When Things Start to Think

by Neil Gershenfeld

Published by Henry Holt

1999, 224 pages

Buy it online






The Next Computer Revolution

Reviewed by Brad Murray


Neil Gershenfeld likes things. He likes building physical, real devices that do things. He also has a rare genius for knowing what kinds of things are useful as opposed to what things are just nifty. Consequently, he has brought an air of practicality to the Media Lab at MIT that has, paradoxically, made its productions that much more fantastic.

Neil's book is broken into three sections: What, which discusses some of the actual projects that Neil has pulled off; Why, which outlines his philosophy regarding objects that sense and interact with their environment and how they fit into our world; and finally How, which examines how the Media Lab actually works -- how it fits into the academio-economic niche between the ivory towers and the satanic mills.

Gershenfeld and his students and colleagues have wired Yo-Yo Ma to a computer to let him explore digital music space with the interface he knows best--- his cello. They have developed computers that augment their memories and eyesight, allowing them to communicate with something approximating telepathy and experience heretofore unexplored sensory scenarios. One student sees only through digital lenses. He finds he likes to explore the world with different filters, sometimes tuning his eyes so that they can only detect motion, like some predators. Sometimes he prefers everything sideways. Sometimes he mounts the cameras on his shoes to experience the world like an insect. They have built things that boggle the mind, using the human body as a private local area network, transmitting signals between wristwatch and shoe using the body as a communications medium. They can exchange information with each other with a handshake. They have coffee mugs that tell the coffee machine what kind of coffee they like. They have reusable laser printing paper and soon will have paper that can physically move itself to the filing cabinet.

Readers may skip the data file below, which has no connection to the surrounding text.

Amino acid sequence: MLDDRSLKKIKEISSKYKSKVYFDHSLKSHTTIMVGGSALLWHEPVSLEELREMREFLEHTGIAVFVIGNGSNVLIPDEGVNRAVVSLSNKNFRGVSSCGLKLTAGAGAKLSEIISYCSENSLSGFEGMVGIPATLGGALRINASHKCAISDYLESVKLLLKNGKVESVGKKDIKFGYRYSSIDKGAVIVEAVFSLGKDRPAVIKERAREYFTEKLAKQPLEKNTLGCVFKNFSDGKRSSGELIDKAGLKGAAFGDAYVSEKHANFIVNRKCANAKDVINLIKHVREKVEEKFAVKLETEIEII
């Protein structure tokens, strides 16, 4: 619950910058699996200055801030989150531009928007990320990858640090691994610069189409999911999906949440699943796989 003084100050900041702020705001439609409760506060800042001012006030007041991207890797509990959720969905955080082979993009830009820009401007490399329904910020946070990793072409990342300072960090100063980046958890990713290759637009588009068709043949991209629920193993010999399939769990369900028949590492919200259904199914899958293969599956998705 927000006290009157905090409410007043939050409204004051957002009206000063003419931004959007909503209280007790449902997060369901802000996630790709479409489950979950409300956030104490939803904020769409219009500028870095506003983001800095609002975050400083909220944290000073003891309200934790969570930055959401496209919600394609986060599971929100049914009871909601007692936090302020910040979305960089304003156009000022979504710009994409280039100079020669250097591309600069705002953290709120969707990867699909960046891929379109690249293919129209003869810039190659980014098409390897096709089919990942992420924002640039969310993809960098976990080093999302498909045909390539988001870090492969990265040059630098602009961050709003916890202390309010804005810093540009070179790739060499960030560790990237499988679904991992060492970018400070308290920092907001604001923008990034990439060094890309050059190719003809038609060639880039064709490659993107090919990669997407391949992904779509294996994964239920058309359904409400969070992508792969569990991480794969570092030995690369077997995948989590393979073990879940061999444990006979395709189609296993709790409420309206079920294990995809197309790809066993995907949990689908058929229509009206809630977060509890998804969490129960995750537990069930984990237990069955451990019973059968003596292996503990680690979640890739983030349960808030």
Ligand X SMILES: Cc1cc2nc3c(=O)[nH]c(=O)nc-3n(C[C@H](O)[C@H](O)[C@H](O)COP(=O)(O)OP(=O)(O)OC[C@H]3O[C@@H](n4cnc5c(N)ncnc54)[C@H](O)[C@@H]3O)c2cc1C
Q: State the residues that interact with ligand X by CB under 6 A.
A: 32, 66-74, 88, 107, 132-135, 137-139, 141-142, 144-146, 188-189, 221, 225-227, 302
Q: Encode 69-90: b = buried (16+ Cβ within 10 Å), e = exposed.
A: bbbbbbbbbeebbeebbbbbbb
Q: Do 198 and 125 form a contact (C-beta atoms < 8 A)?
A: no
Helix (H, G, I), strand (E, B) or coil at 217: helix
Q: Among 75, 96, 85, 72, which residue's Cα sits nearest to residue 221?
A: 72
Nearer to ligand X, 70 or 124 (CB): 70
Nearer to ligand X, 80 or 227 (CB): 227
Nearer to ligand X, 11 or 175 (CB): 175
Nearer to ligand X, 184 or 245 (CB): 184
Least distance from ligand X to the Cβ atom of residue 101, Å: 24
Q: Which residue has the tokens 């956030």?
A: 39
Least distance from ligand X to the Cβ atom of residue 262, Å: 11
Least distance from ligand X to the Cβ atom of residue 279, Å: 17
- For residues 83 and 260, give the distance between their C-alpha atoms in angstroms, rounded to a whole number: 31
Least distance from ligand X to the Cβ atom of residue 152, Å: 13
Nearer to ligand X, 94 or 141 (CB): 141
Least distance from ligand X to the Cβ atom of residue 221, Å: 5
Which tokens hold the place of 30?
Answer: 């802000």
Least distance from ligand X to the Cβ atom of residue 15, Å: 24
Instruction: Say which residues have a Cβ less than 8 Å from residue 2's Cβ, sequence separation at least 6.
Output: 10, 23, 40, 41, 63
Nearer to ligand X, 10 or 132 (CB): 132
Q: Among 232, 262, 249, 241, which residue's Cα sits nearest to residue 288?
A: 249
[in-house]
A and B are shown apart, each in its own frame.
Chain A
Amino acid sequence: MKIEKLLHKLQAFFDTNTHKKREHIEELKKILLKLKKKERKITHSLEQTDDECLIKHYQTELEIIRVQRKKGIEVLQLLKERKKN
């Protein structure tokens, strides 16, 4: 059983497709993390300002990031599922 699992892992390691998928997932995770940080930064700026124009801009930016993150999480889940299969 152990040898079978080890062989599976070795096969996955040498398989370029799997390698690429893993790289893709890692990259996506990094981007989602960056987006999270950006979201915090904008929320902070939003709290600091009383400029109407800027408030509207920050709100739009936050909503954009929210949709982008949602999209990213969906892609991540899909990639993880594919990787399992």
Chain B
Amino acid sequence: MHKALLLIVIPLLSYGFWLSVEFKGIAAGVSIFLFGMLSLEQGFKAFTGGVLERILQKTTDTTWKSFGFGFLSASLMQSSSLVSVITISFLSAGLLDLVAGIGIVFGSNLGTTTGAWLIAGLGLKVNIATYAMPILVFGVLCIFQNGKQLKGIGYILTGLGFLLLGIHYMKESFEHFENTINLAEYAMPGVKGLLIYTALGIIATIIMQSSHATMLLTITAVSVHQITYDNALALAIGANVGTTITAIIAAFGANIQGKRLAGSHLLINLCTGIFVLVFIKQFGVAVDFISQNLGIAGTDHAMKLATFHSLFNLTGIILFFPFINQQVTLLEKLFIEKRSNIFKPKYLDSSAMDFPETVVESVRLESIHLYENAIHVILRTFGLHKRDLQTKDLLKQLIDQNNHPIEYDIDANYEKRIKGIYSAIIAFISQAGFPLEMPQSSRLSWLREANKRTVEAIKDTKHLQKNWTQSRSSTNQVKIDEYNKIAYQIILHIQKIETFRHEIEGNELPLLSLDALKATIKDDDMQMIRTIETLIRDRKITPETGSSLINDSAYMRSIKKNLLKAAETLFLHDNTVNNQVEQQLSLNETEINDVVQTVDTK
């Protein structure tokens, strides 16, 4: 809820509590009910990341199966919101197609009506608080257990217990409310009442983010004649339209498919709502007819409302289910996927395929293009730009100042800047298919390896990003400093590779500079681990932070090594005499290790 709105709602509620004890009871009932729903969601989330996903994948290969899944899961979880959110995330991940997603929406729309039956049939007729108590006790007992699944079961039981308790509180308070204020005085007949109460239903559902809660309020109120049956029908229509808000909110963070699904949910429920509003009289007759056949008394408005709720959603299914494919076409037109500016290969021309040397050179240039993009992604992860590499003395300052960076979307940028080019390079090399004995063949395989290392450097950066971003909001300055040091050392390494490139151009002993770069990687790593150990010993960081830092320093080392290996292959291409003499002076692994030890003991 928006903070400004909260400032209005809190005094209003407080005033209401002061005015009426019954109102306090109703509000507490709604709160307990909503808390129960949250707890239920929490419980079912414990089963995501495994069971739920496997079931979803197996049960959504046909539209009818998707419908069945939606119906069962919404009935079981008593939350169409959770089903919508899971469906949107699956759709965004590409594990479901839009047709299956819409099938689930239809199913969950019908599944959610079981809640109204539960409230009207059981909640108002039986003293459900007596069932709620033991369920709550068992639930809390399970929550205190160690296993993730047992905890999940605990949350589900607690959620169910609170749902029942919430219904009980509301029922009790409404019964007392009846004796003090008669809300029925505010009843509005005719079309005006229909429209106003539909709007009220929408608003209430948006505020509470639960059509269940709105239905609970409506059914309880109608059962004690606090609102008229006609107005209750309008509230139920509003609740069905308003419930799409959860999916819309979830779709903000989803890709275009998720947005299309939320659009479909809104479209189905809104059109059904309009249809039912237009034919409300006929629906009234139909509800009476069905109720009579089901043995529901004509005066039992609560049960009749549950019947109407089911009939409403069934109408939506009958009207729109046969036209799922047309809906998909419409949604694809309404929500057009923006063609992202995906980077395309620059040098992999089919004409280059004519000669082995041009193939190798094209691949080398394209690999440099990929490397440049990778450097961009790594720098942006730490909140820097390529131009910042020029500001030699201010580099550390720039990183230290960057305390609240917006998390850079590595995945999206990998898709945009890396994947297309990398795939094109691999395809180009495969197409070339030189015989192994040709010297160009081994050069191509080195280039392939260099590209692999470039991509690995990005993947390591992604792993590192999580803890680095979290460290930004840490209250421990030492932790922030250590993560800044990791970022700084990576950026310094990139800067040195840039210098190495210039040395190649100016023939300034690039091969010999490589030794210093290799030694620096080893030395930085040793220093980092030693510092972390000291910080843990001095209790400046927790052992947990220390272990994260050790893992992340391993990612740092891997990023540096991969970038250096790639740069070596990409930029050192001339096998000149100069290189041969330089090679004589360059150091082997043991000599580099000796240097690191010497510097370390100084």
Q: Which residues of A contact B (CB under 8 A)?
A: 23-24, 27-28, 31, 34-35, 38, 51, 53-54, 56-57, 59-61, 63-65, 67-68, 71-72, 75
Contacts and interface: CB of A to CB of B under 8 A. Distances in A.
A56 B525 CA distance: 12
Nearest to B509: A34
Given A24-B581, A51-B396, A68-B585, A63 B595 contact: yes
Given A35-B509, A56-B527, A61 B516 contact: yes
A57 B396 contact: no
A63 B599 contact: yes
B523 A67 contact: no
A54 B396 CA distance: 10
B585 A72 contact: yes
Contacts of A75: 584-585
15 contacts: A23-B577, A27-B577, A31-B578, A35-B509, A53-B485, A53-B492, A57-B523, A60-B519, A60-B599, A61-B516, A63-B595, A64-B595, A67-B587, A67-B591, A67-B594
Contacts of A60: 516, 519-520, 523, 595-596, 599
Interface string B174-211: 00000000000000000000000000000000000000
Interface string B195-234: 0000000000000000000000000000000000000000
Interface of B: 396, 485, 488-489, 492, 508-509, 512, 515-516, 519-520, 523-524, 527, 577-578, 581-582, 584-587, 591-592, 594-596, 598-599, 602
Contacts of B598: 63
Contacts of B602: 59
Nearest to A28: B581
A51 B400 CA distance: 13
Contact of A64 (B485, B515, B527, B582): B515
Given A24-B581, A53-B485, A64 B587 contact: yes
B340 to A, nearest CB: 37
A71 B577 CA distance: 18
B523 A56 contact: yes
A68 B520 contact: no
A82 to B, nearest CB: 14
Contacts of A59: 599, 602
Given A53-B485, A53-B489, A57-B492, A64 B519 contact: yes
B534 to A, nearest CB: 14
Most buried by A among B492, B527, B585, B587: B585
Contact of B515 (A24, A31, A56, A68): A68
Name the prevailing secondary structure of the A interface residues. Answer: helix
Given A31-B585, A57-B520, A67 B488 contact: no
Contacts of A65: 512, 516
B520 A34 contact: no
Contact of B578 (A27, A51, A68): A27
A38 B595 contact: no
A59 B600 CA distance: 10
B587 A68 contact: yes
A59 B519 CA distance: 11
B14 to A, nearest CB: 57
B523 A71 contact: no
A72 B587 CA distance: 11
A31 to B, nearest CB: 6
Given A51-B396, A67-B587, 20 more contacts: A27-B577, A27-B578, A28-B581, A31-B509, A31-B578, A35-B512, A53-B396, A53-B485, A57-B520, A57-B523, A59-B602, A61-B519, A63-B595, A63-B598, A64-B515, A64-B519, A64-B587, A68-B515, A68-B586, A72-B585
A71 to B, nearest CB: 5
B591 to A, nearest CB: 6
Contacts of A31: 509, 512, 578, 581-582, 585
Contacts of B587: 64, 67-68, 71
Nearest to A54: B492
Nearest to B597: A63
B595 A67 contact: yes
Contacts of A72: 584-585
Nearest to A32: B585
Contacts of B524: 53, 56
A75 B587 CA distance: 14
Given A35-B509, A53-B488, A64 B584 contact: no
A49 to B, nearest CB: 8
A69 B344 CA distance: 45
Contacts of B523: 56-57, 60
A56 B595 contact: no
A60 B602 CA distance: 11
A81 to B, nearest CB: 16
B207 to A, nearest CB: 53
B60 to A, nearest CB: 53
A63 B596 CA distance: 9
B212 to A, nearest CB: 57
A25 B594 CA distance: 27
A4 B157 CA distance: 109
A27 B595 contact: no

In short, Gershenfeld is exploring not the abstract space of what could possibly be done in the future, but the far more interesting space of what we can do right now if we want to. His philosophy regarding computers is simple: they should be useful, they should be reliable, they should not make demands of us, but rather we should make demands of them, and they should be dirt cheap. This is a million miles from the current philosophy of computer software and hardware design, which somehow sacrifices our needs to the constraints of clumsy input devices and unreliable software. He wants to know why your VCR can't go out and find out what time it is rather than ask you to program it. And most importantly, he does not just talk this philosophy. He does not talk about how these things should be thus in a perfect world: he describes how to make them thus now. And his students are busy doing the constructing.

In many ways the most interesting aspect of When Things Start to Think is not the technology itself, but the environment that spawns it. The Media Lab survives on support from corporations that do not do their own blue-sky research. And they sponsor the lab because it constantly delivers products and devices that change the way the world thinks and runs. NEC dropped by for a magic show that the Media Lab Physics group put on with Penn and Teller using a device that could make music by detecting humans moving in the space in front of it, and came away with a derivative device that can detect the nature of the front passenger in an automobile, allowing the air bag control to inflate (in the case of an appropriately-sized passenger) or not (in the case of a reverse-mounted baby seat). Future versions will go further and actually control the rate of inflation appropriately. These are the connections Gershenfeld and his students facilitate. They start with ideas and then they build them rather than theorize about them.

The book itself is an ugly affair, with a crude cover and uninspired layout, but the content is some of the most inspiring I have ever read (I am a geek, of course). Gershenfeld writes passionately and eloquently whether narrating an anecdote about Yo-Yo Ma misbehaving with his computer, or outlining his philosophy of device design. This book is a real gem, one that makes you want to go out and build things yourself. More importantly, it makes you wonder why you take for granted the demands your computer places on you. It's time for another computer revolution, but it's the users who need to rise up, not the computers. | February 1999


Brad Murray is a self-taught geek and school-taught philosopher. His loves include science, philosophy, philosophy of science, computer tinkering, and sweet manic depressives. He is an explorer of operating systems and programming languages and other computer esoterica, and a large French company pays him to design complex control systems. He views the planet as something here for his amusement, and therefore tries to skip the unamusing bits whenever possible. No degree, lots of school. He can be reached at bjm@paralynx.com but rarely reads his e-mail.